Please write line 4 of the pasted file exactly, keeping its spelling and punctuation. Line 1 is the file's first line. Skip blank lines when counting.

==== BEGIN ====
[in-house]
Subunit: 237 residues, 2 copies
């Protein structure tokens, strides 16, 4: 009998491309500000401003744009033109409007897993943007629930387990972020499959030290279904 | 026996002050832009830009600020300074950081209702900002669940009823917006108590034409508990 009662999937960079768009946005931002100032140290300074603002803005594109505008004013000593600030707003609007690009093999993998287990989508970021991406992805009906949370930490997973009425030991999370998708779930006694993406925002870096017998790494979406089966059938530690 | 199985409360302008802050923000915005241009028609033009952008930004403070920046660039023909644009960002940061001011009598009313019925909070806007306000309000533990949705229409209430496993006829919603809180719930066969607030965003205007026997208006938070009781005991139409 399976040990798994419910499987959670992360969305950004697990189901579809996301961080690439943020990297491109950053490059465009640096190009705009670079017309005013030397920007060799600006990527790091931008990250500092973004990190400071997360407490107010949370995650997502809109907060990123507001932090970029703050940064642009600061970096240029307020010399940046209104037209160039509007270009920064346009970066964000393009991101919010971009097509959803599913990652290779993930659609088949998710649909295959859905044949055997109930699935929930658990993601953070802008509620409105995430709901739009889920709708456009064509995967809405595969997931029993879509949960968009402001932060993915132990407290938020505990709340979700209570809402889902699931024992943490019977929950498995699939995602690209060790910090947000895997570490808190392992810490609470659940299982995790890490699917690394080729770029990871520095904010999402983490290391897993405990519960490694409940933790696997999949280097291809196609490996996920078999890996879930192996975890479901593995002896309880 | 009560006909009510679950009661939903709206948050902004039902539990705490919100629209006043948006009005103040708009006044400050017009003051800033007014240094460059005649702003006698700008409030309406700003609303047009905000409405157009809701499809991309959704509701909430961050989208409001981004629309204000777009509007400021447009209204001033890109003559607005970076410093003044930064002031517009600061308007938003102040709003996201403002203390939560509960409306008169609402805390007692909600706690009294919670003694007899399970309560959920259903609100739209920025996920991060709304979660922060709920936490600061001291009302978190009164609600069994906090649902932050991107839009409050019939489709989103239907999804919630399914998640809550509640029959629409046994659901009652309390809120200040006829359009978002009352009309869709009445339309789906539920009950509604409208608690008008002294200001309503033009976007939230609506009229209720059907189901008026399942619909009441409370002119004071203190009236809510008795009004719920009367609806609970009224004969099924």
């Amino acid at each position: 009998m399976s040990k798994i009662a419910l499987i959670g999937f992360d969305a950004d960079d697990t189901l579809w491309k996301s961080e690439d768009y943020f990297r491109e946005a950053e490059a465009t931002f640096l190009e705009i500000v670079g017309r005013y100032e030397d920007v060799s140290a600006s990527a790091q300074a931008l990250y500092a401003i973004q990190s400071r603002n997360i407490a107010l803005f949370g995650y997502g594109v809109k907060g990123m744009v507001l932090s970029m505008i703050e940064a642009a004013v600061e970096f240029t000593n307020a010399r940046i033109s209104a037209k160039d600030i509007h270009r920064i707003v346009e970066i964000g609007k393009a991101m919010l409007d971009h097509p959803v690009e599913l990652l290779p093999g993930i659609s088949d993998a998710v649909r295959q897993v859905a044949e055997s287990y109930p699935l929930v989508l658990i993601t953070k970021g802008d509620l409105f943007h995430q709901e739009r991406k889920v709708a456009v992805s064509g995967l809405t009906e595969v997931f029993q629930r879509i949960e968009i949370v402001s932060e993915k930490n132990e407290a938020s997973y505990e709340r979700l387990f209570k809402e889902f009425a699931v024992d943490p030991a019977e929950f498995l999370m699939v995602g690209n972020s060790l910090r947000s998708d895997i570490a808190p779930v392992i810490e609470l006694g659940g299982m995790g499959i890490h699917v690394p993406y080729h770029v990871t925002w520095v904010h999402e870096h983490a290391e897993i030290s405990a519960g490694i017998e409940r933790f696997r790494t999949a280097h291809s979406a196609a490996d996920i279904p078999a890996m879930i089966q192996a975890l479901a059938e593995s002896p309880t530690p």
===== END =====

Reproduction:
């Amino acid at each position: 009998m399976s040990k798994i009662a419910l499987i959670g999937f992360d969305a950004d960079d697990t189901l579809w491309k996301s961080e690439d768009y943020f990297r491109e946005a950053e490059a465009t931002f640096l190009e705009i500000v670079g017309r005013y100032e030397d920007v060799s140290a600006s990527a790091q300074a931008l990250y500092a401003i973004q990190s400071r603002n997360i407490a107010l803005f949370g995650y997502g594109v809109k907060g990123m744009v507001l932090s970029m505008i703050e940064a642009a004013v600061e970096f240029t000593n307020a010399r940046i033109s209104a037209k160039d600030i509007h270009r920064i707003v346009e970066i964000g609007k393009a991101m919010l409007d971009h097509p959803v690009e599913l990652l290779p093999g993930i659609s088949d993998a998710v649909r295959q897993v859905a044949e055997s287990y109930p699935l929930v989508l658990i993601t953070k970021g802008d509620l409105f943007h995430q709901e739009r991406k889920v709708a456009v992805s064509g995967l809405t009906e595969v997931f029993q629930r879509i949960e968009i949370v402001s932060e993915k930490n132990e407290a938020s997973y505990e709340r979700l387990f209570k809402e889902f009425a699931v024992d943490p030991a019977e929950f498995l999370m699939v995602g690209n972020s060790l910090r947000s998708d895997i570490a808190p779930v392992i810490e609470l006694g659940g299982m995790g499959i890490h699917v690394p993406y080729h770029v990871t925002w520095v904010h999402e870096h983490a290391e897993i030290s405990a519960g490694i017998e409940r933790f696997r790494t999949a280097h291809s979406a196609a490996d996920i279904p078999a890996m879930i089966q192996a975890l479901a059938e593995s002896p309880t530690p």